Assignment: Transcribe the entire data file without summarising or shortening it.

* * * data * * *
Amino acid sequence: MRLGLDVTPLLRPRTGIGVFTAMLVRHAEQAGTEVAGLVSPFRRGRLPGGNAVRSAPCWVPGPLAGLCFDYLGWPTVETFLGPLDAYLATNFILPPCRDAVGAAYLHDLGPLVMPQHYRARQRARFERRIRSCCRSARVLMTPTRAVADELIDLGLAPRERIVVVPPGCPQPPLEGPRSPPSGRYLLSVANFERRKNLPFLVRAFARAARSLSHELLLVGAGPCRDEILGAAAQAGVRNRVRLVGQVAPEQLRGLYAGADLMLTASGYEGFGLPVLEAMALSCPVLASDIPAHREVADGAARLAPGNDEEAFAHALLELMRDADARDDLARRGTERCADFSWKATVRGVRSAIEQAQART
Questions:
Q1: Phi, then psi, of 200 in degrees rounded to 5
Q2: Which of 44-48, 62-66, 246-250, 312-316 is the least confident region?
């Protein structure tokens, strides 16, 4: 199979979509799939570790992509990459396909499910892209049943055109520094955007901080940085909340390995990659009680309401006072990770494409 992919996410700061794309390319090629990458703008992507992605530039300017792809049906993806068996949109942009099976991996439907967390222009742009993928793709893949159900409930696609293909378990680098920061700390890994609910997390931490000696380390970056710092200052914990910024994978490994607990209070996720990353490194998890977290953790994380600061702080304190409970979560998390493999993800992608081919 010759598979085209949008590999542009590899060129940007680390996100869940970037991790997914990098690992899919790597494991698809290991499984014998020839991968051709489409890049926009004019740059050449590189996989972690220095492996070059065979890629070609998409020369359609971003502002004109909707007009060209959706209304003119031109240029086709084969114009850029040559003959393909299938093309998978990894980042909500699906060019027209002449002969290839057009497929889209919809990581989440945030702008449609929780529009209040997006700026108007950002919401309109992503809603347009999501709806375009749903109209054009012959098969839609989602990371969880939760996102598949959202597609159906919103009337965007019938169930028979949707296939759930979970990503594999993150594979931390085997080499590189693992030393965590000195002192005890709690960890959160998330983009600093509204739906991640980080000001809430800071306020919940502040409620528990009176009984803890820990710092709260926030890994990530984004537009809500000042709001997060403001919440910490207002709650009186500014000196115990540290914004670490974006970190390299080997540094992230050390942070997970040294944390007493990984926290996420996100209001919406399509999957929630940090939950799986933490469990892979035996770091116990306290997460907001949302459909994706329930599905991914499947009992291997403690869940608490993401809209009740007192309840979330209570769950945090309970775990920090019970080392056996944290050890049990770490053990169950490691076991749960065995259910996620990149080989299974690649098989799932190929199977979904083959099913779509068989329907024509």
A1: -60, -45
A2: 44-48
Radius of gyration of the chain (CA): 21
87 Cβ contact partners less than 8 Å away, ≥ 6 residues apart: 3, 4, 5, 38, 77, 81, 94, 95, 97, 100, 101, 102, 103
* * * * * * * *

Amino acid sequence: MRLGLDVTPLLRPRTGIGVFTAMLVRHAEQAGTEVAGLVSPFRRGRLPGGNAVRSAPCWVPGPLAGLCFDYLGWPTVETFLGPLDAYLATNFILPPCRDAVGAAYLHDLGPLVMPQHYRARQRARFERRIRSCCRSARVLMTPTRAVADELIDLGLAPRERIVVVPPGCPQPPLEGPRSPPSGRYLLSVANFERRKNLPFLVRAFARAARSLSHELLLVGAGPCRDEILGAAAQAGVRNRVRLVGQVAPEQLRGLYAGADLMLTASGYEGFGLPVLEAMALSCPVLASDIPAHREVADGAARLAPGNDEEAFAHALLELMRDADARDDLARRGTERCADFSWKATVRGVRSAIEQAQART
Questions:
Q1: Phi, then psi, of 200 in degrees rounded to 5
Q2: Which of 44-48, 62-66, 246-250, 312-316 is the least confident region?
């Protein structure tokens, strides 16, 4: 199979979509799939570790992509990459396909499910892209049943055109520094955007901080940085909340390995990659009680309401006072990770494409 992919996410700061794309390319090629990458703008992507992605530039300017792809049906993806068996949109942009099976991996439907967390222009742009993928793709893949159900409930696609293909378990680098920061700390890994609910997390931490000696380390970056710092200052914990910024994978490994607990209070996720990353490194998890977290953790994380600061702080304190409970979560998390493999993800992608081919 010759598979085209949008590999542009590899060129940007680390996100869940970037991790997914990098690992899919790597494991698809290991499984014998020839991968051709489409890049926009004019740059050449590189996989972690220095492996070059065979890629070609998409020369359609971003502002004109909707007009060209959706209304003119031109240029086709084969114009850029040559003959393909299938093309998978990894980042909500699906060019027209002449002969290839057009497929889209919809990581989440945030702008449609929780529009209040997006700026108007950002919401309109992503809603347009999501709806375009749903109209054009012959098969839609989602990371969880939760996102598949959202597609159906919103009337965007019938169930028979949707296939759930979970990503594999993150594979931390085997080499590189693992030393965590000195002192005890709690960890959160998330983009600093509204739906991640980080000001809430800071306020919940502040409620528990009176009984803890820990710092709260926030890994990530984004537009809500000042709001997060403001919440910490207002709650009186500014000196115990540290914004670490974006970190390299080997540094992230050390942070997970040294944390007493990984926290996420996100209001919406399509999957929630940090939950799986933490469990892979035996770091116990306290997460907001949302459909994706329930599905991914499947009992291997403690869940608490993401809209009740007192309840979330209570769950945090309970775990920090019970080392056996944290050890049990770490053990169950490691076991749960065995259910996620990149080989299974690649098989799932190929199977979904083959099913779509068989329907024509």
A1: -60, -45
A2: 44-48
Radius of gyration of the chain (CA): 21
87 Cβ contact partners less than 8 Å away, ≥ 6 residues apart: 3, 4, 5, 38, 77, 81, 94, 95, 97, 100, 101, 102, 103